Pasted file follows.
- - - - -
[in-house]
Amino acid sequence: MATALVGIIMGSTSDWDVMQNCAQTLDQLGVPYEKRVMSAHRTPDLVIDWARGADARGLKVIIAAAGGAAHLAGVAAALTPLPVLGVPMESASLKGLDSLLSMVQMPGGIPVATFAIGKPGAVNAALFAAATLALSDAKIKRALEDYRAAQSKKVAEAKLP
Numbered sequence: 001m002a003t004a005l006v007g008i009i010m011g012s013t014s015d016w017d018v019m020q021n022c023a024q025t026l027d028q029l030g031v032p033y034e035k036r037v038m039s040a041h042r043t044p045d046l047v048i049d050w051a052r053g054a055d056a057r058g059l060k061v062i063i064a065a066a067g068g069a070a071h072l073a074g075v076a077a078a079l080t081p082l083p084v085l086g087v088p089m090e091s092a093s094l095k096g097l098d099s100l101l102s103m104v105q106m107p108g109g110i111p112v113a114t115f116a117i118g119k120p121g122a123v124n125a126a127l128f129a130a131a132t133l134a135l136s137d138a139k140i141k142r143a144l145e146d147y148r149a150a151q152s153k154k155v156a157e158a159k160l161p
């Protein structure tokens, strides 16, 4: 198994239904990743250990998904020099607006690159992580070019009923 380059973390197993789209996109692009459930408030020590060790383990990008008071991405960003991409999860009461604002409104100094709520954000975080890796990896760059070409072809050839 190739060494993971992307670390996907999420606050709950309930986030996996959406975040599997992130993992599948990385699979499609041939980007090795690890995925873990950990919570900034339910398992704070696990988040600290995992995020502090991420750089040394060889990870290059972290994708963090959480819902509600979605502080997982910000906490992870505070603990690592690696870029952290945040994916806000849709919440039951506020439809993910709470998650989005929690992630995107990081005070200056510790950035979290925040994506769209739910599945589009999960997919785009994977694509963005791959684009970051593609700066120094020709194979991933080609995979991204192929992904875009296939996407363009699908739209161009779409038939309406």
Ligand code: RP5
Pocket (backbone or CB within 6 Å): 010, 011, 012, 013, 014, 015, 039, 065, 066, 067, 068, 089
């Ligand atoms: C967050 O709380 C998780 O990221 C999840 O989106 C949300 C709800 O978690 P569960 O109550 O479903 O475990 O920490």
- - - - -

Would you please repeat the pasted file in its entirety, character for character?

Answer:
[in-house]
Amino acid sequence: MATALVGIIMGSTSDWDVMQNCAQTLDQLGVPYEKRVMSAHRTPDLVIDWARGADARGLKVIIAAAGGAAHLAGVAAALTPLPVLGVPMESASLKGLDSLLSMVQMPGGIPVATFAIGKPGAVNAALFAAATLALSDAKIKRALEDYRAAQSKKVAEAKLP
Numbered sequence: 001m002a003t004a005l006v007g008i009i010m011g012s013t014s015d016w017d018v019m020q021n022c023a024q025t026l027d028q029l030g031v032p033y034e035k036r037v038m039s040a041h042r043t044p045d046l047v048i049d050w051a052r053g054a055d056a057r058g059l060k061v062i063i064a065a066a067g068g069a070a071h072l073a074g075v076a077a078a079l080t081p082l083p084v085l086g087v088p089m090e091s092a093s094l095k096g097l098d099s100l101l102s103m104v105q106m107p108g109g110i111p112v113a114t115f116a117i118g119k120p121g122a123v124n125a126a127l128f129a130a131a132t133l134a135l136s137d138a139k140i141k142r143a144l145e146d147y148r149a150a151q152s153k154k155v156a157e158a159k160l161p
């Protein structure tokens, strides 16, 4: 198994239904990743250990998904020099607006690159992580070019009923 380059973390197993789209996109692009459930408030020590060790383990990008008071991405960003991409999860009461604002409104100094709520954000975080890796990896760059070409072809050839 190739060494993971992307670390996907999420606050709950309930986030996996959406975040599997992130993992599948990385699979499609041939980007090795690890995925873990950990919570900034339910398992704070696990988040600290995992995020502090991420750089040394060889990870290059972290994708963090959480819902509600979605502080997982910000906490992870505070603990690592690696870029952290945040994916806000849709919440039951506020439809993910709470998650989005929690992630995107990081005070200056510790950035979290925040994506769209739910599945589009999960997919785009994977694509963005791959684009970051593609700066120094020709194979991933080609995979991204192929992904875009296939996407363009699908739209161009779409038939309406």
Ligand code: RP5
Pocket (backbone or CB within 6 Å): 010, 011, 012, 013, 014, 015, 039, 065, 066, 067, 068, 089
């Ligand atoms: C967050 O709380 C998780 O990221 C999840 O989106 C949300 C709800 O978690 P569960 O109550 O479903 O475990 O920490």